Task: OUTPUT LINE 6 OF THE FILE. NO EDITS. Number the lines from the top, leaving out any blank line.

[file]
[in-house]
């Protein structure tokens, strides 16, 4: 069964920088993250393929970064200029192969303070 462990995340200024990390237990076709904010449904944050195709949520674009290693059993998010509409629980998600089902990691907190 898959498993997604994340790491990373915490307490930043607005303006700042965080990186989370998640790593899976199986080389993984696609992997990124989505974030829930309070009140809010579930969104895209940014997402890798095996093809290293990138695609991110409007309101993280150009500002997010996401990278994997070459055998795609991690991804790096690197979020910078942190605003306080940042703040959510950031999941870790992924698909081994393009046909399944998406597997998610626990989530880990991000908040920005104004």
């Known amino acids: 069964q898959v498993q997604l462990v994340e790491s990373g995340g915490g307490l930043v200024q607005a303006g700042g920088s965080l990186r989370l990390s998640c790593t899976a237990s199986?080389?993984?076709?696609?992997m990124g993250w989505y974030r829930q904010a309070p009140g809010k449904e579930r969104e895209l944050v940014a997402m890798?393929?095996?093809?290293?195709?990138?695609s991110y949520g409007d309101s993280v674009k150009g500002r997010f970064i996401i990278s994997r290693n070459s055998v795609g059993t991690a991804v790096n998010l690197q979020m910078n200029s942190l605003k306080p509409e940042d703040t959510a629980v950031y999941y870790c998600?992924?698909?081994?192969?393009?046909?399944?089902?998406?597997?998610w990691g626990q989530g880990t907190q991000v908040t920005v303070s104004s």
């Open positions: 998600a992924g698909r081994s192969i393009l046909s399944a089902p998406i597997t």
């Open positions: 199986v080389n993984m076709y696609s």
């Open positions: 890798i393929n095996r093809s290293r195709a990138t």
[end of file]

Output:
């Open positions: 890798i393929n095996r093809s290293r195709a990138t």